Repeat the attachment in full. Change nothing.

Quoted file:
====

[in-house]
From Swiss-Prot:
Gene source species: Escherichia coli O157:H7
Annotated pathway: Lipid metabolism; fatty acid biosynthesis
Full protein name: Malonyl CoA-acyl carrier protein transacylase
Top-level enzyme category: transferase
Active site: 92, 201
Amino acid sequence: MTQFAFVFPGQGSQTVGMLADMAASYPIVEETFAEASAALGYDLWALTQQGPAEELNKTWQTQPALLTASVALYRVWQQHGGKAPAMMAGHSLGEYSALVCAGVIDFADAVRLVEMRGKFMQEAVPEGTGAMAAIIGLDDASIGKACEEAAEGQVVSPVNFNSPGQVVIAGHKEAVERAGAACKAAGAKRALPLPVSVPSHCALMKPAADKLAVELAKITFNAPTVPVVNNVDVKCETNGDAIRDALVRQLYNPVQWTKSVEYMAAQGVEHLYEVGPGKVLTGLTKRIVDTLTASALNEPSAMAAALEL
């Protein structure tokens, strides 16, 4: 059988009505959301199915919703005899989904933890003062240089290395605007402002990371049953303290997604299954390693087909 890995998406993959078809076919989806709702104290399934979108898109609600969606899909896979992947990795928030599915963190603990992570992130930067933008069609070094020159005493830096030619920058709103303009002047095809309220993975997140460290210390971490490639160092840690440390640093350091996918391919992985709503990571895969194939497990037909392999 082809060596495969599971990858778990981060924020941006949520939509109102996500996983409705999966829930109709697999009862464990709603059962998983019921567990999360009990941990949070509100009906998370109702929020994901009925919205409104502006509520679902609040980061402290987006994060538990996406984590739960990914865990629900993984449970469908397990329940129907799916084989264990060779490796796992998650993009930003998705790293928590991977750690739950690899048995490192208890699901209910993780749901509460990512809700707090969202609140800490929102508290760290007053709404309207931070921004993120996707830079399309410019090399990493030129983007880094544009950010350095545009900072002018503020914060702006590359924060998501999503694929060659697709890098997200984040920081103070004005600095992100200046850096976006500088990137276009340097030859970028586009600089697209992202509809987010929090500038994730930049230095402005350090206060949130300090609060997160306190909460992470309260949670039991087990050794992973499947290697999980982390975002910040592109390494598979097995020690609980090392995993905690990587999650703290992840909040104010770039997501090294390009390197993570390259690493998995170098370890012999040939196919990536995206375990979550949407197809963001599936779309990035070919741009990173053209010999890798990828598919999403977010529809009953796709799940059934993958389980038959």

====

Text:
[in-house]
From Swiss-Prot:
Gene source species: Escherichia coli O157:H7
Annotated pathway: Lipid metabolism; fatty acid biosynthesis
Full protein name: Malonyl CoA-acyl carrier protein transacylase
Top-level enzyme category: transferase
Active site: 92, 201
Amino acid sequence: MTQFAFVFPGQGSQTVGMLADMAASYPIVEETFAEASAALGYDLWALTQQGPAEELNKTWQTQPALLTASVALYRVWQQHGGKAPAMMAGHSLGEYSALVCAGVIDFADAVRLVEMRGKFMQEAVPEGTGAMAAIIGLDDASIGKACEEAAEGQVVSPVNFNSPGQVVIAGHKEAVERAGAACKAAGAKRALPLPVSVPSHCALMKPAADKLAVELAKITFNAPTVPVVNNVDVKCETNGDAIRDALVRQLYNPVQWTKSVEYMAAQGVEHLYEVGPGKVLTGLTKRIVDTLTASALNEPSAMAAALEL
């Protein structure tokens, strides 16, 4: 059988009505959301199915919703005899989904933890003062240089290395605007402002990371049953303290997604299954390693087909 890995998406993959078809076919989806709702104290399934979108898109609600969606899909896979992947990795928030599915963190603990992570992130930067933008069609070094020159005493830096030619920058709103303009002047095809309220993975997140460290210390971490490639160092840690440390640093350091996918391919992985709503990571895969194939497990037909392999 082809060596495969599971990858778990981060924020941006949520939509109102996500996983409705999966829930109709697999009862464990709603059962998983019921567990999360009990941990949070509100009906998370109702929020994901009925919205409104502006509520679902609040980061402290987006994060538990996406984590739960990914865990629900993984449970469908397990329940129907799916084989264990060779490796796992998650993009930003998705790293928590991977750690739950690899048995490192208890699901209910993780749901509460990512809700707090969202609140800490929102508290760290007053709404309207931070921004993120996707830079399309410019090399990493030129983007880094544009950010350095545009900072002018503020914060702006590359924060998501999503694929060659697709890098997200984040920081103070004005600095992100200046850096976006500088990137276009340097030859970028586009600089697209992202509809987010929090500038994730930049230095402005350090206060949130300090609060997160306190909460992470309260949670039991087990050794992973499947290697999980982390975002910040592109390494598979097995020690609980090392995993905690990587999650703290992840909040104010770039997501090294390009390197993570390259690493998995170098370890012999040939196919990536995206375990979550949407197809963001599936779309990035070919741009990173053209010999890798990828598919999403977010529809009953796709799940059934993958389980038959």